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Nov 23
Shambhala News Service, Translated Articles
Shambhala Statement on Harm in our Community

As part of our ongoing journey of learning about and understanding harm within Shambhala, the Shambhala Board has released the following Statement on Harm in our Community. In addition to English, the Statement is also available in Français, Español and Italiano.

Statement on Harm in our Community from the Shambhala Board of Directors
November 2021

In order to find our way forward as a global community, it is vital that we, the Shambhala Board, on behalf of the organization, continue to acknowledge and confront the issue of harm in our community. As one of the oldest and largest Buddhist communities in the western world, we feel keenly our responsibility to nurture and further the Buddhist and Shambhala Dharma by demonstrating the authenticity and genuineness of our teachings to others.

Individuals coming to our community have every right to assume they will be respected and treated with care and compassion. It is our greatest aspiration to create a Shambhala that does so. We are acutely aware that we have not always met these goals. 

Any Shambhala teacher, leader, or member, past or present, in any position, who may have caused harm, has acted against our deepest held beliefs. We are sorry and deeply saddened by this. Causing such harm creates suffering and there are no special circumstances that can excuse it. We know that this includes conduct by our most senior teachers and leaders. We do not want to disregard the power and truth of their teachings, but we also cannot ignore the consequences of their misconduct. We strive to hold and retain the goodness and power of our teachings without being blind to our human failings, and we commit to a path of reconciliation when harm has happened. 

We have invested and will continue to invest in work aimed at preventing future harm in our community. The Shambhala Code of Conduct, the Child Protection Policy, and their underlying support systems commit the Shambhala organization to ethical standards that apply to every individual inside Shambhala. There are no exceptions. If misconduct happens, we want to hear about it, and will provide the protection and support called for in our Code of Conduct. We respect the courage and effort it takes to report harm and sincerely appreciate those who come forward.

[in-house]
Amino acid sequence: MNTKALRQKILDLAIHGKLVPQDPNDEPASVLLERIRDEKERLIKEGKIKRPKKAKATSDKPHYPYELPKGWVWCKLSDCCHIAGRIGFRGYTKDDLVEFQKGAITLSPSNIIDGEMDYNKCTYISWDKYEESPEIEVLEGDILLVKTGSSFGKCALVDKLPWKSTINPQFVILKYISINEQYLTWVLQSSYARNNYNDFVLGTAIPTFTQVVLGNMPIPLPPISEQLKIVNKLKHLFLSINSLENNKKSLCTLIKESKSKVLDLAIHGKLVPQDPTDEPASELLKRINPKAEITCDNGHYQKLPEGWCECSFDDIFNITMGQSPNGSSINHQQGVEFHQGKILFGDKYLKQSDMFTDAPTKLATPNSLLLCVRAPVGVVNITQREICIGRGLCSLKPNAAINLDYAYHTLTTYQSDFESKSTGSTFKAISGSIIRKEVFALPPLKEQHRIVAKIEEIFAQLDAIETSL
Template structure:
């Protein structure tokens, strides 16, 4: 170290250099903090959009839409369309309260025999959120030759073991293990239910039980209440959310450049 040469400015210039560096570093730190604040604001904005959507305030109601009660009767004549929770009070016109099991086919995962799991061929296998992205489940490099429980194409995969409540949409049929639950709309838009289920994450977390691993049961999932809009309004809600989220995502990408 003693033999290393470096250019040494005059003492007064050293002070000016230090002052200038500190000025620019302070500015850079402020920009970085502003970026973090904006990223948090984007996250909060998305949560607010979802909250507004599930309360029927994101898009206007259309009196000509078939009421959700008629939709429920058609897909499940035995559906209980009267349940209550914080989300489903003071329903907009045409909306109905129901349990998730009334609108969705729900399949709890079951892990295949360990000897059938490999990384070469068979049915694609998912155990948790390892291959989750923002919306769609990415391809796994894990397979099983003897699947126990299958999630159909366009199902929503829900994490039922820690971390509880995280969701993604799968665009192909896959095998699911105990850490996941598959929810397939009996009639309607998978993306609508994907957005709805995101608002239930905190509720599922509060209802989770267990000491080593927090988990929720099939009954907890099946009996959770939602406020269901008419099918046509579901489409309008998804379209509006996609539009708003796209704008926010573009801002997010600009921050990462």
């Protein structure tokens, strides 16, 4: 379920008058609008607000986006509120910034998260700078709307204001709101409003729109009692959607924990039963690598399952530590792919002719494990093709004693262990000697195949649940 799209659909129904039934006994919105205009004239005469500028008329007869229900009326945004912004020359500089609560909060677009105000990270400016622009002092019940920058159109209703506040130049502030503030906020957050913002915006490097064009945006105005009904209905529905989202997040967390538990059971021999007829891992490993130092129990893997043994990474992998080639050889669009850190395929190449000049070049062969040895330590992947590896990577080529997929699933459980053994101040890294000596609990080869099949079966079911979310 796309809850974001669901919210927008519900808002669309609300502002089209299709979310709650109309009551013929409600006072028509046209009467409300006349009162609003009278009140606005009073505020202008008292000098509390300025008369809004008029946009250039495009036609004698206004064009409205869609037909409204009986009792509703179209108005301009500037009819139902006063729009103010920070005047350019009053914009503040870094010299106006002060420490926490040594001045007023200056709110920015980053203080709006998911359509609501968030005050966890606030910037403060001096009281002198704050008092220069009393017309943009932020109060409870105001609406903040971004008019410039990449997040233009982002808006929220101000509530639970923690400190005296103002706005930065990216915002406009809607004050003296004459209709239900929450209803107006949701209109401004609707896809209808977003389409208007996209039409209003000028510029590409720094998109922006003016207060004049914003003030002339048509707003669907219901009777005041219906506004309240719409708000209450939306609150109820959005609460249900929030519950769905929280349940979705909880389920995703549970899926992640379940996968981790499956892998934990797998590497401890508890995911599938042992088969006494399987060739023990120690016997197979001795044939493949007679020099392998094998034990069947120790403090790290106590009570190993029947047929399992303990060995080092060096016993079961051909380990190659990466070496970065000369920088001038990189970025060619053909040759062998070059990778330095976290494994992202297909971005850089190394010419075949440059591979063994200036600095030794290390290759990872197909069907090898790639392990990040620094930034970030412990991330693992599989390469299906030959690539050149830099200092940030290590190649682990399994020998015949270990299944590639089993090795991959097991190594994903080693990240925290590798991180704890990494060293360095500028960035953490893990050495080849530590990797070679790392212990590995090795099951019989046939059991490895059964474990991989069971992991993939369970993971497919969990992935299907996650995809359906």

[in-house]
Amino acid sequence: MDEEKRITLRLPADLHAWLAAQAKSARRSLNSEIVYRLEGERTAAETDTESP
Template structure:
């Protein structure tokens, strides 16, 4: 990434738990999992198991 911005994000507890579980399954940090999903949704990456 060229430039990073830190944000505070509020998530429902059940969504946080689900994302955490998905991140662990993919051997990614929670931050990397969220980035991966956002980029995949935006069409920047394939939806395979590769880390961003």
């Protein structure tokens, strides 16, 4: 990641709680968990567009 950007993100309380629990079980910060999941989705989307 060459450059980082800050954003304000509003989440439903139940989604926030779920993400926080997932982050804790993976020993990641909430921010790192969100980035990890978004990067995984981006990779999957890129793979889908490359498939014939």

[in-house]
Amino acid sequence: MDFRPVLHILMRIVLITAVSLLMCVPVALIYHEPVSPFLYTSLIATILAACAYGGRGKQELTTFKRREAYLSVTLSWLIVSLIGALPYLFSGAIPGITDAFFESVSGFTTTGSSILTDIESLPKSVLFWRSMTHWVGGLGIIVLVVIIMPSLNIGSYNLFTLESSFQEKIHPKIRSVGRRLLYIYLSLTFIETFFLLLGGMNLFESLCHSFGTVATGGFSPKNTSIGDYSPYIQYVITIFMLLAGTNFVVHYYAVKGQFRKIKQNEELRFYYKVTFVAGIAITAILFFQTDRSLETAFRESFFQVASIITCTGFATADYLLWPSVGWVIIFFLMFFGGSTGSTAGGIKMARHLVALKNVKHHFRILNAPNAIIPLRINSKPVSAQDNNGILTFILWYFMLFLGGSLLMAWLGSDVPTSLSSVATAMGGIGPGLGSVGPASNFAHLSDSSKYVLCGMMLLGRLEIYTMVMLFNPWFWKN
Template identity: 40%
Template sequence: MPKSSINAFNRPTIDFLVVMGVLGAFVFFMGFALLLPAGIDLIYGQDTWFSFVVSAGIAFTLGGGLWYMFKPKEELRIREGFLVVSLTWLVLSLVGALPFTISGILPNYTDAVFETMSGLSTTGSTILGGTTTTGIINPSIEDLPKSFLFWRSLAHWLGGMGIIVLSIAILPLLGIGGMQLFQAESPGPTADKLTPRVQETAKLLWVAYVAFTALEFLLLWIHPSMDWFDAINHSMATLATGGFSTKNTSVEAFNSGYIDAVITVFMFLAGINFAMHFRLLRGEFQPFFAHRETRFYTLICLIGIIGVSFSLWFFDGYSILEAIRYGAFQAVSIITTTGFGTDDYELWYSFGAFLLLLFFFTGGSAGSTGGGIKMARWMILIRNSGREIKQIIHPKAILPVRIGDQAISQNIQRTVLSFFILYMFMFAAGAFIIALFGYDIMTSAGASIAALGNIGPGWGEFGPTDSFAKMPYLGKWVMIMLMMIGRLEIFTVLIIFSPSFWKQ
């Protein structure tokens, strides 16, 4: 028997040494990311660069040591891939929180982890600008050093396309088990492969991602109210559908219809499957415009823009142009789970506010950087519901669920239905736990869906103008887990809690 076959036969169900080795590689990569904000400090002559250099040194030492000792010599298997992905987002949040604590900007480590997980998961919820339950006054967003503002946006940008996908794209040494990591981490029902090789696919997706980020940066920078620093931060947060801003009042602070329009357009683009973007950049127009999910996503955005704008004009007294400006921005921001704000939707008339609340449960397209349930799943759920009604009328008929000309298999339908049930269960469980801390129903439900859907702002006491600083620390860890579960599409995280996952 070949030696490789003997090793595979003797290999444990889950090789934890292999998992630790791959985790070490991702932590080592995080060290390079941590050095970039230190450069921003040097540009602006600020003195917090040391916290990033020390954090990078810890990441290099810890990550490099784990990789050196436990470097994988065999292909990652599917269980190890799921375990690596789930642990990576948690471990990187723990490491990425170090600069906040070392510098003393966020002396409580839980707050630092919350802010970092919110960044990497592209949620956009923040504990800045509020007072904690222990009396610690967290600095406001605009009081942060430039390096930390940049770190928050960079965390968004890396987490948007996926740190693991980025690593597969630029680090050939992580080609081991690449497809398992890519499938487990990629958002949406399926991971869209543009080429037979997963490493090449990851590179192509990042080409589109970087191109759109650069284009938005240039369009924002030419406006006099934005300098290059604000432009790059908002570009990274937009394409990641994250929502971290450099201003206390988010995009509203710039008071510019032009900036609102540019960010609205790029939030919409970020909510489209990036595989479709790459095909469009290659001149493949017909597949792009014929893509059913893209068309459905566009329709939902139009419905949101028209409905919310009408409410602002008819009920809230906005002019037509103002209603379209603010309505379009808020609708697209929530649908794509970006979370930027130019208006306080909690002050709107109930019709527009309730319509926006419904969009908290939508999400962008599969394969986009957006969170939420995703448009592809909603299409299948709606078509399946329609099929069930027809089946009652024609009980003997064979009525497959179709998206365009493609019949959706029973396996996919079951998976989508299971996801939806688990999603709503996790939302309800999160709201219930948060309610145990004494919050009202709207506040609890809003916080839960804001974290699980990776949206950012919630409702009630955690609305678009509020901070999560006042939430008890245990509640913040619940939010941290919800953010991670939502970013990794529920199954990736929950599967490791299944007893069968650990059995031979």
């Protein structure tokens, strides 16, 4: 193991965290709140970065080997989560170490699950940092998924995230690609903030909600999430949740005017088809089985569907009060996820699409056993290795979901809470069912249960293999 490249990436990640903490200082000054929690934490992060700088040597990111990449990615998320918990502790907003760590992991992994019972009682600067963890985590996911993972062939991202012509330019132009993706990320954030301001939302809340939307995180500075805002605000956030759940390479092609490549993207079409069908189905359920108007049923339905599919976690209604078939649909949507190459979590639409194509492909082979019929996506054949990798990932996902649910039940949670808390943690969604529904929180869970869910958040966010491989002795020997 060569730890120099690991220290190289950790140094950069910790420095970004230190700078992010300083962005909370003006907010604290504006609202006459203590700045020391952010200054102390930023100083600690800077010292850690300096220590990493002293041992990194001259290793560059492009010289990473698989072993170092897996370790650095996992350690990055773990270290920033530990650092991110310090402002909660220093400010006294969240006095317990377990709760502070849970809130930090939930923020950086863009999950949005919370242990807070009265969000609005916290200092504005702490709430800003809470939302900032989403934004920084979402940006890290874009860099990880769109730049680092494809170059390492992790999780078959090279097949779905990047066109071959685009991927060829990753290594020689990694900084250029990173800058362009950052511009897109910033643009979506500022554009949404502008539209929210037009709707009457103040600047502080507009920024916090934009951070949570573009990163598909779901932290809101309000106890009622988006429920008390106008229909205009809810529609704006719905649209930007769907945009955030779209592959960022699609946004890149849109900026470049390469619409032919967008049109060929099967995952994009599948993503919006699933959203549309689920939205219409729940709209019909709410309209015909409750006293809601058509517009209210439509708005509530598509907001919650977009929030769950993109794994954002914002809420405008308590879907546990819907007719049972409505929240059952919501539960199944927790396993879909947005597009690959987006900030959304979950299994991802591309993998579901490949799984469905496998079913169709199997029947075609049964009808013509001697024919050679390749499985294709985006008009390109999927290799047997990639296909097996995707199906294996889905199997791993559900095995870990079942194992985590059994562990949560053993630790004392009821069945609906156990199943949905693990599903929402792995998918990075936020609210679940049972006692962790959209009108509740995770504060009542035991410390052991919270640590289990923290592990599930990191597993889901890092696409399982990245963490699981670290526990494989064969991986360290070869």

The Shambhala Board affirms its commitment to the following ongoing initiatives:

  • The creation of a safer and more caring organization through funding and programming support for the Code of Conduct.
  • Providing effective culture shifting programming such as Diversity and Inclusion Training, Right Use of Power, Restorative Approaches, Gender Dynamics, and more.
  • Support for facilitated community conversations to investigate the causes and effects of harm in all its forms.

We believe it is essential for us to clearly see the causes and conditions that create harm, and understand how to truly be kind and caring to each other. It is through our conduct that others know us. We aspire to be a community whose members practice dignity and respect for all and whose ​teachings and practices are a useful example to others walking a spiritual path.  

The Shambhala Board

In the coming months Shambhala will be launching a series of community conversations intended to shape a reparative process for our community. These conversations will be free and open to anyone who wants to attend. More information on dates and times for the conversations will be shared soon.